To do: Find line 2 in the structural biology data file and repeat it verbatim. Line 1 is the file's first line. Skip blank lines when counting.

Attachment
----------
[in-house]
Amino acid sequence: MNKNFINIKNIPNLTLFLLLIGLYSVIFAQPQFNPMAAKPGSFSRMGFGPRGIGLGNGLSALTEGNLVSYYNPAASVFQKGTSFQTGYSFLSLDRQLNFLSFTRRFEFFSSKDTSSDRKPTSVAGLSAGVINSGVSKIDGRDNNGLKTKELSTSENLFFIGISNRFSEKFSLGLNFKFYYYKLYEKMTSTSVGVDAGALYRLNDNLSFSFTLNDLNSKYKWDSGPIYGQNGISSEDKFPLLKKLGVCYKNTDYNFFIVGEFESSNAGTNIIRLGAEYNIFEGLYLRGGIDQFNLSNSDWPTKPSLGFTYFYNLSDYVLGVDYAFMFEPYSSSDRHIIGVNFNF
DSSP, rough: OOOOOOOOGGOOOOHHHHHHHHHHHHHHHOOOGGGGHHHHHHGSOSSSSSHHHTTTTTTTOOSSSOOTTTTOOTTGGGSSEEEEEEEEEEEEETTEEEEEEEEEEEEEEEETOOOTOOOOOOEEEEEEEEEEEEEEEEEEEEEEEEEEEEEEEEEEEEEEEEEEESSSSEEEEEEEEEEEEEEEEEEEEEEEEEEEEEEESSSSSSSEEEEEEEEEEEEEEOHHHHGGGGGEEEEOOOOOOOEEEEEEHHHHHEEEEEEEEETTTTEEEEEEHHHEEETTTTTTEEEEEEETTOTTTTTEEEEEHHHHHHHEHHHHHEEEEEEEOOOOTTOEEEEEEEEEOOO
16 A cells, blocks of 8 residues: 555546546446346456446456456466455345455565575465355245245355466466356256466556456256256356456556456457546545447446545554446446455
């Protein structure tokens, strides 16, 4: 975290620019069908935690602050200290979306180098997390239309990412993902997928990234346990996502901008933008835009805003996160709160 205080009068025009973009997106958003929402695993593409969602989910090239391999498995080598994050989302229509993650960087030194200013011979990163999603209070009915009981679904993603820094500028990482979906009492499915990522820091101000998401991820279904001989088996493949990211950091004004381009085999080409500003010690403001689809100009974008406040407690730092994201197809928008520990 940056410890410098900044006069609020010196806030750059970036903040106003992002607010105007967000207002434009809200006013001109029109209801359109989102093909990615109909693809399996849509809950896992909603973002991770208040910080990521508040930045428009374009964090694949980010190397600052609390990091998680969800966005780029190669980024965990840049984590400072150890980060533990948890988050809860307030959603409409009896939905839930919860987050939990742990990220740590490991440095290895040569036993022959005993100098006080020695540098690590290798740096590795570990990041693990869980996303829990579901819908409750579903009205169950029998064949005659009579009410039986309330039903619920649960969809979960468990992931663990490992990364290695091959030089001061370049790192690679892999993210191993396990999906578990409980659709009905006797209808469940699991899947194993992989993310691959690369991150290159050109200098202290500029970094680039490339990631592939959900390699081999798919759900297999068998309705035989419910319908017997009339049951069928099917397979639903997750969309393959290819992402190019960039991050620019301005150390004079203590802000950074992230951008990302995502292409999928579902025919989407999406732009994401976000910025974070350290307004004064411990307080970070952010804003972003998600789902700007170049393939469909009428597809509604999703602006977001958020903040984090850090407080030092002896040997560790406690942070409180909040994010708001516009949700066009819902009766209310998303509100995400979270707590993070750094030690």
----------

Amino acid sequence: MNKNFINIKNIPNLTLFLLLIGLYSVIFAQPQFNPMAAKPGSFSRMGFGPRGIGLGNGLSALTEGNLVSYYNPAASVFQKGTSFQTGYSFLSLDRQLNFLSFTRRFEFFSSKDTSSDRKPTSVAGLSAGVINSGVSKIDGRDNNGLKTKELSTSENLFFIGISNRFSEKFSLGLNFKFYYYKLYEKMTSTSVGVDAGALYRLNDNLSFSFTLNDLNSKYKWDSGPIYGQNGISSEDKFPLLKKLGVCYKNTDYNFFIVGEFESSNAGTNIIRLGAEYNIFEGLYLRGGIDQFNLSNSDWPTKPSLGFTYFYNLSDYVLGVDYAFMFEPYSSSDRHIIGVNFNF